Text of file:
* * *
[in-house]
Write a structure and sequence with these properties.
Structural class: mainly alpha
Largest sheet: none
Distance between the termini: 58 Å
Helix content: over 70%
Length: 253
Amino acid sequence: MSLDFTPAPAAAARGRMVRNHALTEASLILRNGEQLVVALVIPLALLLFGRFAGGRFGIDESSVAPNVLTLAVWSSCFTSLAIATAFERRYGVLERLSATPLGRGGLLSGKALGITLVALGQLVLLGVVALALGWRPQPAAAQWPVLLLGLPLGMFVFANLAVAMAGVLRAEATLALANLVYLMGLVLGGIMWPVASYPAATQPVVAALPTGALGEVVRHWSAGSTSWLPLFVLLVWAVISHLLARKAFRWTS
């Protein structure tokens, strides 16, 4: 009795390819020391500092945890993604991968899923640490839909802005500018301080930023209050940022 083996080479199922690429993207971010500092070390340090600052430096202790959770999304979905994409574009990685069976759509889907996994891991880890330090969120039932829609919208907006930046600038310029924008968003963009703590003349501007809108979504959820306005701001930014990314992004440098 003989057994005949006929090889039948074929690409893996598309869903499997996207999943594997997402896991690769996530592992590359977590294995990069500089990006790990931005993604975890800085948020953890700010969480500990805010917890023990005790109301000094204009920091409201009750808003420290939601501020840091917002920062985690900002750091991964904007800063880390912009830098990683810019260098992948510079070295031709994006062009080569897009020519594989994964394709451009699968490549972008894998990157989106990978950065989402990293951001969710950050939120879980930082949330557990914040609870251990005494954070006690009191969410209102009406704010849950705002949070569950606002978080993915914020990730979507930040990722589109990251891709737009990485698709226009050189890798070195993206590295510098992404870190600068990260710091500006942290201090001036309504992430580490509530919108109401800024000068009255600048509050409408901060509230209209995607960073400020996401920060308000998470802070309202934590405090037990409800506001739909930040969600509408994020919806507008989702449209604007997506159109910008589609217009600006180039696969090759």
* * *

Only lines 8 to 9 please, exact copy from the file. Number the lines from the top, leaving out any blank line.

Amino acid sequence: MSLDFTPAPAAAARGRMVRNHALTEASLILRNGEQLVVALVIPLALLLFGRFAGGRFGIDESSVAPNVLTLAVWSSCFTSLAIATAFERRYGVLERLSATPLGRGGLLSGKALGITLVALGQLVLLGVVALALGWRPQPAAAQWPVLLLGLPLGMFVFANLAVAMAGVLRAEATLALANLVYLMGLVLGGIMWPVASYPAATQPVVAALPTGALGEVVRHWSAGSTSWLPLFVLLVWAVISHLLARKAFRWTS
């Protein structure tokens, strides 16, 4: 009795390819020391500092945890993604991968899923640490839909802005500018301080930023209050940022 083996080479199922690429993207971010500092070390340090600052430096202790959770999304979905994409574009990685069976759509889907996994891991880890330090969120039932829609919208907006930046600038310029924008968003963009703590003349501007809108979504959820306005701001930014990314992004440098 003989057994005949006929090889039948074929690409893996598309869903499997996207999943594997997402896991690769996530592992590359977590294995990069500089990006790990931005993604975890800085948020953890700010969480500990805010917890023990005790109301000094204009920091409201009750808003420290939601501020840091917002920062985690900002750091991964904007800063880390912009830098990683810019260098992948510079070295031709994006062009080569897009020519594989994964394709451009699968490549972008894998990157989106990978950065989402990293951001969710950050939120879980930082949330557990914040609870251990005494954070006690009191969410209102009406704010849950705002949070569950606002978080993915914020990730979507930040990722589109990251891709737009990485698709226009050189890798070195993206590295510098992404870190600068990260710091500006942290201090001036309504992430580490509530919108109401800024000068009255600048509050409408901060509230209209995607960073400020996401920060308000998470802070309202934590405090037990409800506001739909930040969600509408994020919806507008989702449209604007997506159109910008589609217009600006180039696969090759």